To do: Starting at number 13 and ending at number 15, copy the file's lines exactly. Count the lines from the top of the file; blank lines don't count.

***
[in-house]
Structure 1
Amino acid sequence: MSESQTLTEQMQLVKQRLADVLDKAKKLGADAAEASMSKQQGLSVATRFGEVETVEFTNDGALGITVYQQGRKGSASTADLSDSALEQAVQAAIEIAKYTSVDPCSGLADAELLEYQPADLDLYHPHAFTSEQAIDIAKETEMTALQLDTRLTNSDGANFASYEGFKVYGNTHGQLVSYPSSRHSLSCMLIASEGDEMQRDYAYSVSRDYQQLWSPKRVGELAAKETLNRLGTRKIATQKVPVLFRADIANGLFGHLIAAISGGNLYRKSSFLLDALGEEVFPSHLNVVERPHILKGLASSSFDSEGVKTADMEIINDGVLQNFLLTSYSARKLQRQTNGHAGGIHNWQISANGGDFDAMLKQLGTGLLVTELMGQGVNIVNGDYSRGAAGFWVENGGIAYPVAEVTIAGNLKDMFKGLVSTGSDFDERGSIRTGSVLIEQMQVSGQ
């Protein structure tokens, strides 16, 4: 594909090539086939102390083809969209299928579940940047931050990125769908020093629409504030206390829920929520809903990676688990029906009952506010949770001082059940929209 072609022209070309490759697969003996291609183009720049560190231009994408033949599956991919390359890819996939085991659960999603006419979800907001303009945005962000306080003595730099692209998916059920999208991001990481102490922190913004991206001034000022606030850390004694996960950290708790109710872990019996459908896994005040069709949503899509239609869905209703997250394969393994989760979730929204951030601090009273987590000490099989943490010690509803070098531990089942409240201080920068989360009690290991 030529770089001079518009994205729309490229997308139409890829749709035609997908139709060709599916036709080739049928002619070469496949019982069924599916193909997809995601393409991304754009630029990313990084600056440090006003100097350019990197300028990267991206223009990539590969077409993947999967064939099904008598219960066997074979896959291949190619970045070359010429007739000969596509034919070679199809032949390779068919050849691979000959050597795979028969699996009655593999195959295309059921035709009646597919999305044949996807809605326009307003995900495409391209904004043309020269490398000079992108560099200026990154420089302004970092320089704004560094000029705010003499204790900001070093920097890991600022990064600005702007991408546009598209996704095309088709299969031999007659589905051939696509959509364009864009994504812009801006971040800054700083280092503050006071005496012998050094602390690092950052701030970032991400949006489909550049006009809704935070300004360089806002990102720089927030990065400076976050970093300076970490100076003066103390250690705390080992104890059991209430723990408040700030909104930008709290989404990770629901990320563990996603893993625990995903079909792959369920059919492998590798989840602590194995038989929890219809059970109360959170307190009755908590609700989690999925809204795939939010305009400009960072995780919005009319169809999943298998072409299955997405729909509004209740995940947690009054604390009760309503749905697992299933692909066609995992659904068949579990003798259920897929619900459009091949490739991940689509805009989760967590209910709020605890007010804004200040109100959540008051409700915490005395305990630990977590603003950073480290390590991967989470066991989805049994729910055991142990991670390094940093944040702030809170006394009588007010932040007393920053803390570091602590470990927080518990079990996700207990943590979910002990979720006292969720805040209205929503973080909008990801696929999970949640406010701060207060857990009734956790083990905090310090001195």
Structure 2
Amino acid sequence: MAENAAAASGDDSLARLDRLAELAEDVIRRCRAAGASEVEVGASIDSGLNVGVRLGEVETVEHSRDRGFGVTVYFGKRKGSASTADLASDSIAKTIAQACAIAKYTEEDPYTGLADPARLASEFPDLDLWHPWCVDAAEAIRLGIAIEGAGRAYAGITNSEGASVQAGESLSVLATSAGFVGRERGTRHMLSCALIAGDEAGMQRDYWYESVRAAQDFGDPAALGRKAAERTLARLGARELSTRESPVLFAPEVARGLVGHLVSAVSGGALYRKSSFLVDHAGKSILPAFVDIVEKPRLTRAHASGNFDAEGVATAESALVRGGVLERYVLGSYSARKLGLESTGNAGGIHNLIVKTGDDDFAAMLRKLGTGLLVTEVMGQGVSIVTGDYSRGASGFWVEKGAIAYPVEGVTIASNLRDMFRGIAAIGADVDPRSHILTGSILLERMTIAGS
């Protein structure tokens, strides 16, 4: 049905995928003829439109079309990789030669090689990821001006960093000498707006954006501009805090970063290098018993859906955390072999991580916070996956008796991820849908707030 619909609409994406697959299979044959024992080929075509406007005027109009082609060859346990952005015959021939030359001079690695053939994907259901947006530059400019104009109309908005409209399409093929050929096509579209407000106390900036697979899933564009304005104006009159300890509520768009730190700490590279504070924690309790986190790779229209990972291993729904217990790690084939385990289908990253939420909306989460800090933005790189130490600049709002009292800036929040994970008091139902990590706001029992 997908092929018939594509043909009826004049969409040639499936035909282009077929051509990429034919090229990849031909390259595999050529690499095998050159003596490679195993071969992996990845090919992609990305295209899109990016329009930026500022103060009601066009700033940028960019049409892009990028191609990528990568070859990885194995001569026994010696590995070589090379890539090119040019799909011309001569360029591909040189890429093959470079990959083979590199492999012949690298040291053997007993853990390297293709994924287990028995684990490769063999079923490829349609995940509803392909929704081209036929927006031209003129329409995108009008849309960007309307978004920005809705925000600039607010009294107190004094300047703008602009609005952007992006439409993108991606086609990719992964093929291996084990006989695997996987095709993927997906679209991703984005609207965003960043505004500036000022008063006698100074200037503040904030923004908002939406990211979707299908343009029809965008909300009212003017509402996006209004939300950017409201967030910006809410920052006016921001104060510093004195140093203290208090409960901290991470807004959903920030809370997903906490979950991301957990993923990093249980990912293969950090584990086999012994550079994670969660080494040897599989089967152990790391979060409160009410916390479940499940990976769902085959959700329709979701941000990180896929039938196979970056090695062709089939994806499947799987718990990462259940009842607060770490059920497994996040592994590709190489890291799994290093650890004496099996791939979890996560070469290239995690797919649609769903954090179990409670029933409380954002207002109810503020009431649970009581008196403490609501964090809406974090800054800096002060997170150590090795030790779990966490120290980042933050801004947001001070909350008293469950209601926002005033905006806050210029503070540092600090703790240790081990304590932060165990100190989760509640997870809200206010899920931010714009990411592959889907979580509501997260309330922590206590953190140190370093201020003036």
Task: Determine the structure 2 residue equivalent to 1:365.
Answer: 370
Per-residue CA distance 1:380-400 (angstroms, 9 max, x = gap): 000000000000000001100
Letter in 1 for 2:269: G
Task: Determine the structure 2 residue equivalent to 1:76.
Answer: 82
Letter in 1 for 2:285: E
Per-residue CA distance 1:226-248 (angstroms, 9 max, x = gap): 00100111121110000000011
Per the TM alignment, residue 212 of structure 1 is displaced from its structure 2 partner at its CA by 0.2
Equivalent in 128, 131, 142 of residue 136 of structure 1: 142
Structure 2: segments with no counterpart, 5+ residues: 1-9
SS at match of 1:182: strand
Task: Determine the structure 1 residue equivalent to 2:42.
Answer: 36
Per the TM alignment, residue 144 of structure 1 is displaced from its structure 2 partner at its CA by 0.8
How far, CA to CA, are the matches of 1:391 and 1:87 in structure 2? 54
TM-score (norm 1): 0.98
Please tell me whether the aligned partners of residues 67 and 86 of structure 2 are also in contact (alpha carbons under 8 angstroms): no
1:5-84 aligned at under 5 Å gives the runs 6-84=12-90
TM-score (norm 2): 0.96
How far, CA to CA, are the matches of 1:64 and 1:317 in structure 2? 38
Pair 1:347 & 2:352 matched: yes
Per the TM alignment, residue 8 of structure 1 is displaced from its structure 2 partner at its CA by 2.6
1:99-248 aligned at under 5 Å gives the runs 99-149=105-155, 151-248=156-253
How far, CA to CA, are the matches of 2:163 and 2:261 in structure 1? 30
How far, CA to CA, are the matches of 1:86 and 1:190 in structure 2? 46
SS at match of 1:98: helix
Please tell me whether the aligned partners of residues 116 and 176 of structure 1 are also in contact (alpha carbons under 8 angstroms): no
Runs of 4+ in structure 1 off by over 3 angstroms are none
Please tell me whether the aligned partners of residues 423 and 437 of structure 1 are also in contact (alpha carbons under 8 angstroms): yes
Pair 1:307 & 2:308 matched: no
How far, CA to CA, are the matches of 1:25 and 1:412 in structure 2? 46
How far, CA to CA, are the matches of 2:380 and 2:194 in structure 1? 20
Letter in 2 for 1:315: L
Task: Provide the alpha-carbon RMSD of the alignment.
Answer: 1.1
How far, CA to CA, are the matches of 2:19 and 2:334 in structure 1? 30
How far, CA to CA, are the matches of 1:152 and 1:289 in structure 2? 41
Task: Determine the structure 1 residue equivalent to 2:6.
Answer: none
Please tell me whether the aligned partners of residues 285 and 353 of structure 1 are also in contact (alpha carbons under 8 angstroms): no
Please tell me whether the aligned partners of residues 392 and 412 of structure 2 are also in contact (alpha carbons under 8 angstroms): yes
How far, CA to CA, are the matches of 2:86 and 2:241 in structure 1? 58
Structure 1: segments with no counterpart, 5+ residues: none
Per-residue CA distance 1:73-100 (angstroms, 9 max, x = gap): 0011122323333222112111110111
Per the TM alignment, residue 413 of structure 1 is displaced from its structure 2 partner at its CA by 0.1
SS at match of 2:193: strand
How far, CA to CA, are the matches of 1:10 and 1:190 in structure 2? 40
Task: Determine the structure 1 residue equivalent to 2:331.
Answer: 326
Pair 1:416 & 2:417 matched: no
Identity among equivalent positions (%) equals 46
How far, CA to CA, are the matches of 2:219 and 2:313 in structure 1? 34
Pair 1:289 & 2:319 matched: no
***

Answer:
Answer: 82
Letter in 1 for 2:285: E
Per-residue CA distance 1:226-248 (angstroms, 9 max, x = gap): 00100111121110000000011